I recently had occasion to read through the Illinois Surplus Line Law in detail when I noticed something interesting:  surplus lines insurance companies may not be subject to the cap on bad faith damages usually applied to claims against insurers in Illinois. Allow me to explain.

In Illinois there is a statute, 215 ILCS 5/155 (“Section 155”), that governs bad faith claims against insurers. It states that:

In any action by or against a company wherein there is in issue the liability of a company on a policy or policies of insurance or the amount of the loss payable thereunder, or for an unreasonable delay in settling a claim, and it appears to the court that such action or delay is vexatious and unreasonable, the court may allow as part of the taxable costs in the action reasonable attorney fees, other costs, plus an amount not to exceed any one of the following amounts:

(a)  60% of the amount which the court or jury finds such party is entitled to recover against the company, exclusive of all costs;

(b)  $60,000;

(c)  the excess of the amount which the court or jury finds such party is entitled to recover, exclusive of costs, over the amount, if any, which the company offered to pay in settlement of the claim prior to the action.

In 1996, the Illinois Supreme Court held that Section 155 pre-empts common law tort claims for breach of the implied duty of good faith and fair dealing against insurers and provides the sole basis for policyholders to recover from insurers for breach of said duty. See Cramer v. Ins. Exch. Agency, 174 Ill.2d 513, 675 N.E.2d 897 (1996). As one can see, Section 155 limits recovery against an insurer to reasonable attorneys’ fees, other costs, and the lesser of the amounts in (a), (b) and (c) above. The effect is to limit the policyholder’s recovery to reasonable attorneys’ fees, costs, and $60,000 or less. No punitive damages or other tort damages, regardless of how egregious the insurer’s conduct was. The Supreme Court in Cramer did state that Section 155 does not pre-empt a tort that has separate and independent elements and is based on something other than an insurer’s failure to pay a claim, but policyholders can find it difficult to meet this test.

Understandably, not everyone is satisfied with this outcome. Don’t get me wrong:  Section 155 was enacted to benefit policyholders, and the fee-shifting aspect does help make lawsuits against insurers more economically feasible. Nevertheless, the feeling remains that the legislature could have gone further.

Enter the Illinois Surplus Line Law, 215 ILCS 5/445. This law governs when and how “surplus line insurance” may be procured for Illinois policyholders. “Surplus line insurance” means:

insurance on a risk:

(A)  of the kinds specified in Classes 2 and 3 of Section 4 of this Code; and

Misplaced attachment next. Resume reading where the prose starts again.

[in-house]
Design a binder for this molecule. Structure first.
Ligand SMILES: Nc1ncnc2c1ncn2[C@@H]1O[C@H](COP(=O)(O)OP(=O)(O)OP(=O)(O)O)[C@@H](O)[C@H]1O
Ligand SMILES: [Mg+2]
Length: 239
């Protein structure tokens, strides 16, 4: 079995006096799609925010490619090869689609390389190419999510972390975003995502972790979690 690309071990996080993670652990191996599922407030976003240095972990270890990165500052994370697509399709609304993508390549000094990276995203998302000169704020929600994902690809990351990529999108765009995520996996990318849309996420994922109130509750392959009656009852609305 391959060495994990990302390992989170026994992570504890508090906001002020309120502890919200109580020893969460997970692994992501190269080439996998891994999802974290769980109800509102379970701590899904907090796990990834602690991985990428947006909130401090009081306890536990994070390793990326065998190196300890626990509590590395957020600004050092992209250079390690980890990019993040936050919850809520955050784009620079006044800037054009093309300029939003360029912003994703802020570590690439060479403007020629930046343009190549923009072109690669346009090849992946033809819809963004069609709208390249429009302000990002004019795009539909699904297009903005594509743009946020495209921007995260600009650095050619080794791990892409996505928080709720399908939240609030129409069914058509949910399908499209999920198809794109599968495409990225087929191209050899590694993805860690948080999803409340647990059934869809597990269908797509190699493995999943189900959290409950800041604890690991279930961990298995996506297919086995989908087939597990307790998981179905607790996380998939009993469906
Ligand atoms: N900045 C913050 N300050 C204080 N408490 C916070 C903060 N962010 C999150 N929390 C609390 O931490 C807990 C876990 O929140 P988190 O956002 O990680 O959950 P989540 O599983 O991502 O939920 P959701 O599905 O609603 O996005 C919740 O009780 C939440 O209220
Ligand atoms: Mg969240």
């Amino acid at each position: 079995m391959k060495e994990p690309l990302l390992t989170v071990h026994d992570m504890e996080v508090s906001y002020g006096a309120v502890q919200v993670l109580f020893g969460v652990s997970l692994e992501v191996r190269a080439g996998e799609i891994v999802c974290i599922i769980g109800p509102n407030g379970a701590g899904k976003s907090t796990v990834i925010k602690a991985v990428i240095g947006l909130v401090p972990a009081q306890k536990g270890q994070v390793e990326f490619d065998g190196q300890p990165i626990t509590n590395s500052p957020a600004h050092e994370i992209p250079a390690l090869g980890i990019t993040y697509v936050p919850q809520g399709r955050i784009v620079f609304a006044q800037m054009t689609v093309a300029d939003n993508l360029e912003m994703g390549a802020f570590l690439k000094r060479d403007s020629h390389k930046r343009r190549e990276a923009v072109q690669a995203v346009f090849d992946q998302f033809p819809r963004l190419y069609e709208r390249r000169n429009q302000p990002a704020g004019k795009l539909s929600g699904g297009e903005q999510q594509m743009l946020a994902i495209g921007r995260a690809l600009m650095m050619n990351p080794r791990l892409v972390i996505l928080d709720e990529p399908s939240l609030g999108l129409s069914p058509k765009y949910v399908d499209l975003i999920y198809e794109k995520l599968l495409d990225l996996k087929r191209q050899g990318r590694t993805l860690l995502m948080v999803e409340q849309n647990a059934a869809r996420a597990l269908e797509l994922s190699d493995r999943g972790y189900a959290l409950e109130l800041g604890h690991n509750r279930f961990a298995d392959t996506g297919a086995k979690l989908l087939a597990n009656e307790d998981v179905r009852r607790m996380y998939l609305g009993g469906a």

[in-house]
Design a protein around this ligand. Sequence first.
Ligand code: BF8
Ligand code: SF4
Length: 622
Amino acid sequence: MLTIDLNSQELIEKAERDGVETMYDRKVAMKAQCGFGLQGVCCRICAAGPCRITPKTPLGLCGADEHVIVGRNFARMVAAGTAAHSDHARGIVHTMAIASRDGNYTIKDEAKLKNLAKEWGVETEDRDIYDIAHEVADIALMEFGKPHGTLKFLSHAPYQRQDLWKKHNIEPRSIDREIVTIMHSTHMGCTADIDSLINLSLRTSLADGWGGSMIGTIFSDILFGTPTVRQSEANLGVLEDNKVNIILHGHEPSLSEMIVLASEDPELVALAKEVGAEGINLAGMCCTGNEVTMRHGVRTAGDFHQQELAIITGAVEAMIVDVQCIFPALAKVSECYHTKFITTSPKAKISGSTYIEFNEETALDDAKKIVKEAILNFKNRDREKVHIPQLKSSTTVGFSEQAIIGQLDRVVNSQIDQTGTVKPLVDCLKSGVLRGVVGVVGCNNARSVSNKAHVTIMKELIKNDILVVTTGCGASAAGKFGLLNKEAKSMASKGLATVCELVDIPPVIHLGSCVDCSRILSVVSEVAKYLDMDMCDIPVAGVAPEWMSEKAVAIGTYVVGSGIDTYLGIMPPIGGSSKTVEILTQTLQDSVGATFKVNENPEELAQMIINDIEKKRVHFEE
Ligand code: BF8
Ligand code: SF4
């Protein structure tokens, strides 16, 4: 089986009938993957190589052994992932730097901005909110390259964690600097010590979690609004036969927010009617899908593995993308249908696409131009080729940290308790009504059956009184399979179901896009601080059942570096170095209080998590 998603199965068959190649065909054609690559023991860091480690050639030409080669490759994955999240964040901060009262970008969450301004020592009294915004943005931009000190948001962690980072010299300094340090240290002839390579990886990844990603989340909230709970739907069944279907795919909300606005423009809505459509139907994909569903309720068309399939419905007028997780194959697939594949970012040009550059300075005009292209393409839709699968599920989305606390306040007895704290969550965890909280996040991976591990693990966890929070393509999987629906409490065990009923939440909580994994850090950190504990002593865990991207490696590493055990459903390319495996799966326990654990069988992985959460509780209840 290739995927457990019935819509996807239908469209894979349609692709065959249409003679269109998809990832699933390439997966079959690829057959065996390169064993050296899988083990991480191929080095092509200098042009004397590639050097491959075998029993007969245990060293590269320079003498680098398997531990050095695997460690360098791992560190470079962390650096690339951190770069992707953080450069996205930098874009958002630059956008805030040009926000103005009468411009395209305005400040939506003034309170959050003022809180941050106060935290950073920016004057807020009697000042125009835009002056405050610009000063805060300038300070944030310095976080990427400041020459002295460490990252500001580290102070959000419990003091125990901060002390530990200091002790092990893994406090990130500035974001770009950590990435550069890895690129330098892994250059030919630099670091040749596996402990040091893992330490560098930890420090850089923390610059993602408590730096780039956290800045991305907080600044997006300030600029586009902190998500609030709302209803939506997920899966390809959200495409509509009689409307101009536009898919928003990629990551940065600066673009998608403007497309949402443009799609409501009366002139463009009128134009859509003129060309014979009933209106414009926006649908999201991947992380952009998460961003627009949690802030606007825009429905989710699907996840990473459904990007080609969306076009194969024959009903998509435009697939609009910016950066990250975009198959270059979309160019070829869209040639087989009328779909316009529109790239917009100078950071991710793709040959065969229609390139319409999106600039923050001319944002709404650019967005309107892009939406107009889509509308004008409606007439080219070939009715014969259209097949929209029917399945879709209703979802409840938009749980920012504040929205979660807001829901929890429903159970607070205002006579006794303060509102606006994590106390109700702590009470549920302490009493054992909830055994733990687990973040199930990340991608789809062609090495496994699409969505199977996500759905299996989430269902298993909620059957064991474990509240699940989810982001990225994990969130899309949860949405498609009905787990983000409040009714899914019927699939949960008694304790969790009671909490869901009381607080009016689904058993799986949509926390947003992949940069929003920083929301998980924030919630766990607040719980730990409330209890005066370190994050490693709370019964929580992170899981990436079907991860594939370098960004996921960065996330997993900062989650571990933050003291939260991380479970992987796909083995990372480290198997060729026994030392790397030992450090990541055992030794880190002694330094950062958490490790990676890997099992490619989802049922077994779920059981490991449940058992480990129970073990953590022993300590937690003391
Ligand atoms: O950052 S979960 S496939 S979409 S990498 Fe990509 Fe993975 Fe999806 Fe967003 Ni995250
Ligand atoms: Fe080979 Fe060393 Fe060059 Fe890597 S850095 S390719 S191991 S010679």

(B)  that is procured from an unauthorized insurer after the insurance producer representing the insured or the surplus line producer is unable, after diligent effort, to procure the insurance from authorized insurers; and

(C)  where Illinois is the home state of the insured, for policies effective, renewed or extended on July 21, 2011 or later and for multiyear policies upon the policy anniversary that falls on or after July 21, 2011; and

(D)  that is located in Illinois, for policies effective prior to July 21, 2011.

215 ILCS 5/445(1) (definition of “surplus line insurance”). Section 4 of the Insurance Code states that Class 2 insurance is “Casualty, Fidelity and Surety” and Class 3 insurance is “Fire and Marine, etc.” 215 ILCS 5/4. These are very broad categories that include accident and health, liability, vehicle, and property insurance. Id. The purpose of the Surplus Line Law “is to make it possible to secure protection against a risk when authorized companies will not provide that protection.” Corday’s Dept. Store, Inc. v. NY Fire & Marine Underwriters, Inc., 442 F.2d 100, 103-04 (7th Cir. 1971). Consequently, surplus lines insurance is fairly common, particularly for unusual or hard to insure risks. For example, flood insurance is often procured through surplus line insurers.

Now for the interesting part. The Surplus Line Law states that:

Surplus line insurance procured under this Section, including insurance procured from a domestic surplus line insurer, is not subject to the provisions of the Illinois Insurance Code other than Sections 123, 123.1, 401, 401.1, 402, 403, 403A, 408, and all of the provisions of Article XXXI to the extent that the provisions of Article XXXI are not inconsistent with the terms of this Act.